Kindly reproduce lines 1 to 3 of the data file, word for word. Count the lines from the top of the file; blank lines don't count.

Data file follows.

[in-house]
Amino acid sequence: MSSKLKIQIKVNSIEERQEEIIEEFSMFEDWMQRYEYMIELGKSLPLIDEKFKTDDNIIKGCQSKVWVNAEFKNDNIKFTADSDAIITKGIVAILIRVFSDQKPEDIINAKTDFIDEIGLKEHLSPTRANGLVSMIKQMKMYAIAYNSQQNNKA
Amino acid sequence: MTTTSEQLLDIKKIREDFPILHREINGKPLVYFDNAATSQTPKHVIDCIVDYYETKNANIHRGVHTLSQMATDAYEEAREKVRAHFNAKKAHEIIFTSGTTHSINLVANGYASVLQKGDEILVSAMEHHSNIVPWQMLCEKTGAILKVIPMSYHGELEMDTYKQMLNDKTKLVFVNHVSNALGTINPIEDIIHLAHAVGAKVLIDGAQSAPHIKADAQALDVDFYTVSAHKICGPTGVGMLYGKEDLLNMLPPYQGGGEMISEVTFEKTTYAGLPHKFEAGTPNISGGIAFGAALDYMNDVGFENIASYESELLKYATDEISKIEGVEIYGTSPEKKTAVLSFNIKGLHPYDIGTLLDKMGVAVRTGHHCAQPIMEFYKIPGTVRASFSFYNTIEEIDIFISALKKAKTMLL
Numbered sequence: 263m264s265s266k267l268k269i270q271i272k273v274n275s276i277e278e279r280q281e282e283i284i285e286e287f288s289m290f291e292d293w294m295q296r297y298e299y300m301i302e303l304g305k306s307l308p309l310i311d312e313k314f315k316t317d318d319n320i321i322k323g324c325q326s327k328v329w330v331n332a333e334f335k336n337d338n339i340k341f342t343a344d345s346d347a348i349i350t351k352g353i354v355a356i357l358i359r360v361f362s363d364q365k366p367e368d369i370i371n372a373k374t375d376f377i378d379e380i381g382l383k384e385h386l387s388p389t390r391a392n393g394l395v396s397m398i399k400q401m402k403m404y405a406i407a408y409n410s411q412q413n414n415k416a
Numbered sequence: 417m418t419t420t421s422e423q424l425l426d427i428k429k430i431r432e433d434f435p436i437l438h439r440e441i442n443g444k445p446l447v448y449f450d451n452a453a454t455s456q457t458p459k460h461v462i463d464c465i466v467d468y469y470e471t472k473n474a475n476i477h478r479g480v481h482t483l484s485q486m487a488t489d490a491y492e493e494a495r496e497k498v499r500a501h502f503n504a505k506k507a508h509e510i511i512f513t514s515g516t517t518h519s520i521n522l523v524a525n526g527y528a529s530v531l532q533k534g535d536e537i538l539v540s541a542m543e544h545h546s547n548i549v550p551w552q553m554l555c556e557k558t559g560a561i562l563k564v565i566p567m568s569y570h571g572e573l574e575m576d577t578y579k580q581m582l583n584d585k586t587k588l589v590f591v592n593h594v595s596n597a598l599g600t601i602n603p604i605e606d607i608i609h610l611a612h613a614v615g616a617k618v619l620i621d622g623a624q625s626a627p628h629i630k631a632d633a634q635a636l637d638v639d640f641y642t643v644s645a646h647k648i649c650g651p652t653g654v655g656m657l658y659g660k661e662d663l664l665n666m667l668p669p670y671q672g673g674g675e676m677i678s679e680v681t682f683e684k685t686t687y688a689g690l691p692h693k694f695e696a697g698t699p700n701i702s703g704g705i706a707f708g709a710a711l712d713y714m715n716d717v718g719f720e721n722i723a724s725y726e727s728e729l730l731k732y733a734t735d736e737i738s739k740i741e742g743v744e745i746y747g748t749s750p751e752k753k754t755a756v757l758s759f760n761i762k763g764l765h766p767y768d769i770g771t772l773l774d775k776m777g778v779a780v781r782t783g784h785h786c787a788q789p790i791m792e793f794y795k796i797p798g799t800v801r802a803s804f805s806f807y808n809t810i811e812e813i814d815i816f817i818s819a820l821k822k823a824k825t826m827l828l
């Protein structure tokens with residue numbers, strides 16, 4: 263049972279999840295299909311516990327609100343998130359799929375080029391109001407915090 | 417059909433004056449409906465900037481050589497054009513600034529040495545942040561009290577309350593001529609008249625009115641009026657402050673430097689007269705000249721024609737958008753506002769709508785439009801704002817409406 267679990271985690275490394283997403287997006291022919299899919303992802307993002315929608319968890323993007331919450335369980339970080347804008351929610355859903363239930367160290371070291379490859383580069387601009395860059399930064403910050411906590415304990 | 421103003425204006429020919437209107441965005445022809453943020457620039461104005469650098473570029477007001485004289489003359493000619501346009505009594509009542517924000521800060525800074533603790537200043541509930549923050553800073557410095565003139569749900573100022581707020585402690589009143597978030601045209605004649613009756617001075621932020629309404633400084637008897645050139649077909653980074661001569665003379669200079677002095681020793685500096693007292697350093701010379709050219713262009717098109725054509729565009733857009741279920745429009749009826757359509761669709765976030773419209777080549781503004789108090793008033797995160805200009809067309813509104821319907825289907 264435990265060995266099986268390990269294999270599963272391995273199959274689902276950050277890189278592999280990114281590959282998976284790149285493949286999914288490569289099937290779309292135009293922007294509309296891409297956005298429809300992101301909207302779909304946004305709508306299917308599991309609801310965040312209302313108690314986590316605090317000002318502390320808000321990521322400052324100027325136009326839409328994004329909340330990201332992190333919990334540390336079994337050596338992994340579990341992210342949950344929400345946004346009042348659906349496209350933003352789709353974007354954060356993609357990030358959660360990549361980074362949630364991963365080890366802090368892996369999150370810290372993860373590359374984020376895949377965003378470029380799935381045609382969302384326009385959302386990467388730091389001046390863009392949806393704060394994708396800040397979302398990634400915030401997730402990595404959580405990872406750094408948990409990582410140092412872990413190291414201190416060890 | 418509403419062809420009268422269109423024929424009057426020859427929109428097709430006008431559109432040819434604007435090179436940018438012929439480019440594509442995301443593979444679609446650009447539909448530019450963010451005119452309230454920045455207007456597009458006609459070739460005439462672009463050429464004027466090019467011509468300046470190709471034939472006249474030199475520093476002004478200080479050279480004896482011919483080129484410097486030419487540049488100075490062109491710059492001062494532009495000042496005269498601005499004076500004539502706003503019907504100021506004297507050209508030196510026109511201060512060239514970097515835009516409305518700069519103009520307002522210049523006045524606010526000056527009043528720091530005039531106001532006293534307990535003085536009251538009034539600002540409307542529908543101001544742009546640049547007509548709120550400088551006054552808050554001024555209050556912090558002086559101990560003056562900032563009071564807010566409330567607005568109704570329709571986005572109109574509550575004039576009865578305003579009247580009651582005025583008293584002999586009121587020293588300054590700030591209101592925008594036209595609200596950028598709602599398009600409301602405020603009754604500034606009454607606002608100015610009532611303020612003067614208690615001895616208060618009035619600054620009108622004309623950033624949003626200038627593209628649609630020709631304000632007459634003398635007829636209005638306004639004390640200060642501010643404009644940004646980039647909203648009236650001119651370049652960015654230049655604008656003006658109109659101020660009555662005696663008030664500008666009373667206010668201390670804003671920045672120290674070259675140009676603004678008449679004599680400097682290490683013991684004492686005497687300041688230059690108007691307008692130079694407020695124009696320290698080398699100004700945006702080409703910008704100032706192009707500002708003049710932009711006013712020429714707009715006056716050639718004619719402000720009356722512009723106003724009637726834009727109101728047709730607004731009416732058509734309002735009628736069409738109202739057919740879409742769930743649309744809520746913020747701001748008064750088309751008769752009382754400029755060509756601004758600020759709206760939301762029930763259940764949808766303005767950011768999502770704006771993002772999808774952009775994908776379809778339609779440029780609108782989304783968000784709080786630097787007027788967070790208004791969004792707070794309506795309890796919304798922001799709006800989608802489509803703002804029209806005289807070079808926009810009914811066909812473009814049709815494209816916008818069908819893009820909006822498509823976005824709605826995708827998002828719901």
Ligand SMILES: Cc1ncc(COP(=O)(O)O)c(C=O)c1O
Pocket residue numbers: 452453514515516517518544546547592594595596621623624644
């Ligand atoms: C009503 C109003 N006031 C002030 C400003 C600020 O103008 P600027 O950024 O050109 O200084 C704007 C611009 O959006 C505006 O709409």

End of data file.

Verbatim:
[in-house]
Amino acid sequence: MSSKLKIQIKVNSIEERQEEIIEEFSMFEDWMQRYEYMIELGKSLPLIDEKFKTDDNIIKGCQSKVWVNAEFKNDNIKFTADSDAIITKGIVAILIRVFSDQKPEDIINAKTDFIDEIGLKEHLSPTRANGLVSMIKQMKMYAIAYNSQQNNKA
Amino acid sequence: MTTTSEQLLDIKKIREDFPILHREINGKPLVYFDNAATSQTPKHVIDCIVDYYETKNANIHRGVHTLSQMATDAYEEAREKVRAHFNAKKAHEIIFTSGTTHSINLVANGYASVLQKGDEILVSAMEHHSNIVPWQMLCEKTGAILKVIPMSYHGELEMDTYKQMLNDKTKLVFVNHVSNALGTINPIEDIIHLAHAVGAKVLIDGAQSAPHIKADAQALDVDFYTVSAHKICGPTGVGMLYGKEDLLNMLPPYQGGGEMISEVTFEKTTYAGLPHKFEAGTPNISGGIAFGAALDYMNDVGFENIASYESELLKYATDEISKIEGVEIYGTSPEKKTAVLSFNIKGLHPYDIGTLLDKMGVAVRTGHHCAQPIMEFYKIPGTVRASFSFYNTIEEIDIFISALKKAKTMLL